Burke: Off-ice violence unacceptable

CALGARY, Alberta -- Brian Burke believes players who take aggression from the ice into their personal lives don't deserve to earn professional-athlete wages.

The Calgary Flames' president was asked at the Global Business Forum how he would have handled the Ray Rice scandal.

"The notion that 'I get paid to fight on a hockey rink so that same level of violence is acceptable on the street or in my home,'" Burke said. "And if a player can't separate them, then the player doesn't deserve to earn professional-athlete wages."

A recent video showing Rice, a star NFL running back, assaulting his then-fiancee has started a debate over how pro sports leagues should deal with an athlete's violent behavior outside the game.

Whenever there's a controversy in another sport, Burke said, he weighs how he'd handle it with his team.

"What would we do if one of our players did this? How would we react? Every time we have an issue in another sport, we dry run it internally. We've done it a lot the past week," he said.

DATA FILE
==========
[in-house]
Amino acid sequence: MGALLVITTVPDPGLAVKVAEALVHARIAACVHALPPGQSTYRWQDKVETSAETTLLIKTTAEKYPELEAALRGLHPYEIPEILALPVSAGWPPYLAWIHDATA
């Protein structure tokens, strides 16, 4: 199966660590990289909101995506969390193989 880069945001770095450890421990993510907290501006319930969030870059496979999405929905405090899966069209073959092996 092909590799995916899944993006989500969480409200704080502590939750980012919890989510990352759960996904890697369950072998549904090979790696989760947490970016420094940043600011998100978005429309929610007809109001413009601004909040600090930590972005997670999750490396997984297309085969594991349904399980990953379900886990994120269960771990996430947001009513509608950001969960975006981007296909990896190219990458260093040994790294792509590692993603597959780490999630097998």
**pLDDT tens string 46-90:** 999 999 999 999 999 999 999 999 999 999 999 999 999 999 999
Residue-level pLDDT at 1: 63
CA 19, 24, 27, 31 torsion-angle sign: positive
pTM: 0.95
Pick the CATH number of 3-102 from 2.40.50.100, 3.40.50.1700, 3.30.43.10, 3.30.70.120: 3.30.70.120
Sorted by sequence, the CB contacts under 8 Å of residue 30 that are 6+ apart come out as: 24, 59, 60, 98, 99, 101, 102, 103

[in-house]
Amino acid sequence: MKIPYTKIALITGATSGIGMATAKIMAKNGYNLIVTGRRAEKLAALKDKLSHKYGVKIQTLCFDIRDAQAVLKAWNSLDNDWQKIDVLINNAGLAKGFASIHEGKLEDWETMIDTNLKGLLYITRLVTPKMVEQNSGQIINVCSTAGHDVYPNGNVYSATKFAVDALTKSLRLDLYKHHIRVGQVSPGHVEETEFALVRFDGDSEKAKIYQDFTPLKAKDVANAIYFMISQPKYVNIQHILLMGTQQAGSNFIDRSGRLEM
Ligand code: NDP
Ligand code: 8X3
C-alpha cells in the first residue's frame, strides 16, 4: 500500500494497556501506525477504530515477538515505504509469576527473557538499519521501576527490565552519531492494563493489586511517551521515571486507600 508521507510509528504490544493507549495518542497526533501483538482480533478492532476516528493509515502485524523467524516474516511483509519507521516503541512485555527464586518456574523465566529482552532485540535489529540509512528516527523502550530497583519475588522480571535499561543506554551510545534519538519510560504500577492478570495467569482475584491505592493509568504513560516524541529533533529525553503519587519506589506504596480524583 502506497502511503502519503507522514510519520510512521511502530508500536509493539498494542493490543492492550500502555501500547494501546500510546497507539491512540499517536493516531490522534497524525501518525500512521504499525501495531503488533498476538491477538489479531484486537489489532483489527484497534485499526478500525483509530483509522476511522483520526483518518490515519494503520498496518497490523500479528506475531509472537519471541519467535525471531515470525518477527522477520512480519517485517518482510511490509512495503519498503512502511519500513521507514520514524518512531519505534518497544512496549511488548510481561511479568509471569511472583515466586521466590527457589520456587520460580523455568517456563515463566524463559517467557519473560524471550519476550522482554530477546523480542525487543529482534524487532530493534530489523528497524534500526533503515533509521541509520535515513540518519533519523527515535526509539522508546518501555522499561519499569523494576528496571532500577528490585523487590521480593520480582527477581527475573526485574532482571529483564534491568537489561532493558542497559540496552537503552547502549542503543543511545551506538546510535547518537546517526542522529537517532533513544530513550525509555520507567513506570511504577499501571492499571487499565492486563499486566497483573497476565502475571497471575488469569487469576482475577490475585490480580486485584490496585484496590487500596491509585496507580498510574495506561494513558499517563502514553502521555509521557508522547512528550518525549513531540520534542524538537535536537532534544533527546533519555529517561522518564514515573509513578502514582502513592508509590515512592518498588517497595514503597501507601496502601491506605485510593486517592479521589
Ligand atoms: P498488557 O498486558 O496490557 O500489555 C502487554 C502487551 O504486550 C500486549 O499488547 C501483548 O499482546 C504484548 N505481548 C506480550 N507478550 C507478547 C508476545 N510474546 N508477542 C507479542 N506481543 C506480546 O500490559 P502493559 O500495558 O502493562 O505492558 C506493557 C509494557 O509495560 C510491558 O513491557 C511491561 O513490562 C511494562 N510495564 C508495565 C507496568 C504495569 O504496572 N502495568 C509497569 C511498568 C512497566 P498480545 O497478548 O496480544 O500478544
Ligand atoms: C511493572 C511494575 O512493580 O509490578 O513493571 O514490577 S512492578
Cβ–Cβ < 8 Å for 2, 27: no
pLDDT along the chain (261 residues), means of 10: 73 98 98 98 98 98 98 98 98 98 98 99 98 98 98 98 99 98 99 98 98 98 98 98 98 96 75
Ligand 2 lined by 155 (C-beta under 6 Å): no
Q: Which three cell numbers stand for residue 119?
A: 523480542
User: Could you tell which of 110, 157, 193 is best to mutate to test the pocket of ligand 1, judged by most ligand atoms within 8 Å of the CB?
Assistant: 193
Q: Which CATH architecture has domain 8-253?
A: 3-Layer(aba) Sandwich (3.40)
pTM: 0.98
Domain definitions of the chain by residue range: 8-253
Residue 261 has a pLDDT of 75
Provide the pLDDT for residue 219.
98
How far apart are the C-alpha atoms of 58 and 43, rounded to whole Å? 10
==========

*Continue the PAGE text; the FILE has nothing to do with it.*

Burke called it a balancing act, adding that any form of domestic violence is unacceptable but citizens are entitled to due process if accused of a crime. However, he said that if he had evidence a player had assaulted someone off the ice, he'd have to act.

"So in the Rice case, when there's a video, we don't have to guess what happened there," he said. "That case, we'd say, 'We're done with this player. He's done with us.' We're going to do the right thing first."

Professional athletes are in the public eye, so it's expected they be held to a high standard, Burke said. If there's a financial penalty or lawsuit results, so be it, he said.

"These jobs pay well," Burke said. "There's lots of people who will do them if you don't want to do them on those terms."

Mario Lefebvre, co-author of "Power Play: The Business and Economics of Pro Sports" said fans care how such issues are handled

"And if they feel like the right decision's been taken, then they're going to go on and continue to support," he said. "I think you're better to be proactive about it."